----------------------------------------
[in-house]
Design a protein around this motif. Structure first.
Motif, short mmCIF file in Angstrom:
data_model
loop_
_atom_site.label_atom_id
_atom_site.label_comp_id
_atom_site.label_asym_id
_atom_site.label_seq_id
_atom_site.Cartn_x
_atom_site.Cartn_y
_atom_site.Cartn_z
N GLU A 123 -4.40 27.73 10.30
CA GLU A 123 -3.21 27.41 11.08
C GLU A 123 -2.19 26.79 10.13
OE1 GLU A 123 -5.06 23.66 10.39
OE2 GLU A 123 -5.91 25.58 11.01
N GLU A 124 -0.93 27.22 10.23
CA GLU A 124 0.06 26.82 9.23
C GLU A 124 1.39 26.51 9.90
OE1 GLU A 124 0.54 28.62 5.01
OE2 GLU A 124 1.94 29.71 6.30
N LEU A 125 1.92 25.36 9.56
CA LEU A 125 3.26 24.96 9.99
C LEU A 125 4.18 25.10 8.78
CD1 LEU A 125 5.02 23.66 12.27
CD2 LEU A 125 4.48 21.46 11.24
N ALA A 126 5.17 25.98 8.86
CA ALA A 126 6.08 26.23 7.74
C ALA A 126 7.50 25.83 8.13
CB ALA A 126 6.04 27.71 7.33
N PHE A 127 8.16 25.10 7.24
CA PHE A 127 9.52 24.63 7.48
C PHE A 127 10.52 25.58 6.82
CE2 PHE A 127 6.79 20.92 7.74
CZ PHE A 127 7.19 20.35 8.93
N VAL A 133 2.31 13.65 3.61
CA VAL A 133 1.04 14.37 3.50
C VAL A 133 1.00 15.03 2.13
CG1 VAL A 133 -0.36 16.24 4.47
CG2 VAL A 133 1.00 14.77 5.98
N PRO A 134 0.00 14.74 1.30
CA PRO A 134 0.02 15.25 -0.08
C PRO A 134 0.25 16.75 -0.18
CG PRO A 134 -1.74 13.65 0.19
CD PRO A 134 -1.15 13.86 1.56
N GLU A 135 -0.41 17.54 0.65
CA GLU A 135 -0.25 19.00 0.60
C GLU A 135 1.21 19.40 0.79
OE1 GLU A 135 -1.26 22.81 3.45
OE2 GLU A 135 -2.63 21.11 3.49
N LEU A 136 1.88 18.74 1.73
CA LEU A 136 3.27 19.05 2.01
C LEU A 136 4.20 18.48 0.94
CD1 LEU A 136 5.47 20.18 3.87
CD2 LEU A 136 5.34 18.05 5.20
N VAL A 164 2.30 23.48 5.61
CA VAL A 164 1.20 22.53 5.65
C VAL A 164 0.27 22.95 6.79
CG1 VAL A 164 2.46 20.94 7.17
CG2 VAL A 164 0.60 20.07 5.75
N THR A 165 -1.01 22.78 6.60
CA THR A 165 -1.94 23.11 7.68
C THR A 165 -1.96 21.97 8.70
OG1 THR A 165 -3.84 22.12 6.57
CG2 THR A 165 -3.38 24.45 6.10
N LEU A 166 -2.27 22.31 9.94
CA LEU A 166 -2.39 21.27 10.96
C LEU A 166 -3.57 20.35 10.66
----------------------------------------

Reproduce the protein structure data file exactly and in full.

[in-house]
Design a protein around this motif. Structure first.
Motif, short mmCIF file in Angstrom:
data_model
loop_
_atom_site.label_atom_id
_atom_site.label_comp_id
_atom_site.label_asym_id
_atom_site.label_seq_id
_atom_site.Cartn_x
_atom_site.Cartn_y
_atom_site.Cartn_z
N GLU A 123 -4.40 27.73 10.30
CA GLU A 123 -3.21 27.41 11.08
C GLU A 123 -2.19 26.79 10.13
OE1 GLU A 123 -5.06 23.66 10.39
OE2 GLU A 123 -5.91 25.58 11.01
N GLU A 124 -0.93 27.22 10.23
CA GLU A 124 0.06 26.82 9.23
C GLU A 124 1.39 26.51 9.90
OE1 GLU A 124 0.54 28.62 5.01
OE2 GLU A 124 1.94 29.71 6.30
N LEU A 125 1.92 25.36 9.56
CA LEU A 125 3.26 24.96 9.99
C LEU A 125 4.18 25.10 8.78
CD1 LEU A 125 5.02 23.66 12.27
CD2 LEU A 125 4.48 21.46 11.24
N ALA A 126 5.17 25.98 8.86
CA ALA A 126 6.08 26.23 7.74
C ALA A 126 7.50 25.83 8.13
CB ALA A 126 6.04 27.71 7.33
N PHE A 127 8.16 25.10 7.24
CA PHE A 127 9.52 24.63 7.48
C PHE A 127 10.52 25.58 6.82
CE2 PHE A 127 6.79 20.92 7.74
CZ PHE A 127 7.19 20.35 8.93
N VAL A 133 2.31 13.65 3.61
CA VAL A 133 1.04 14.37 3.50
C VAL A 133 1.00 15.03 2.13
CG1 VAL A 133 -0.36 16.24 4.47
CG2 VAL A 133 1.00 14.77 5.98
N PRO A 134 0.00 14.74 1.30
CA PRO A 134 0.02 15.25 -0.08
C PRO A 134 0.25 16.75 -0.18
CG PRO A 134 -1.74 13.65 0.19
CD PRO A 134 -1.15 13.86 1.56
N GLU A 135 -0.41 17.54 0.65
CA GLU A 135 -0.25 19.00 0.60
C GLU A 135 1.21 19.40 0.79
OE1 GLU A 135 -1.26 22.81 3.45
OE2 GLU A 135 -2.63 21.11 3.49
N LEU A 136 1.88 18.74 1.73
CA LEU A 136 3.27 19.05 2.01
C LEU A 136 4.20 18.48 0.94
CD1 LEU A 136 5.47 20.18 3.87
CD2 LEU A 136 5.34 18.05 5.20
N VAL A 164 2.30 23.48 5.61
CA VAL A 164 1.20 22.53 5.65
C VAL A 164 0.27 22.95 6.79
CG1 VAL A 164 2.46 20.94 7.17
CG2 VAL A 164 0.60 20.07 5.75
N THR A 165 -1.01 22.78 6.60
CA THR A 165 -1.94 23.11 7.68
C THR A 165 -1.96 21.97 8.70
OG1 THR A 165 -3.84 22.12 6.57
CG2 THR A 165 -3.38 24.45 6.10
N LEU A 166 -2.27 22.31 9.94
CA LEU A 166 -2.39 21.27 10.96
C LEU A 166 -3.57 20.35 10.66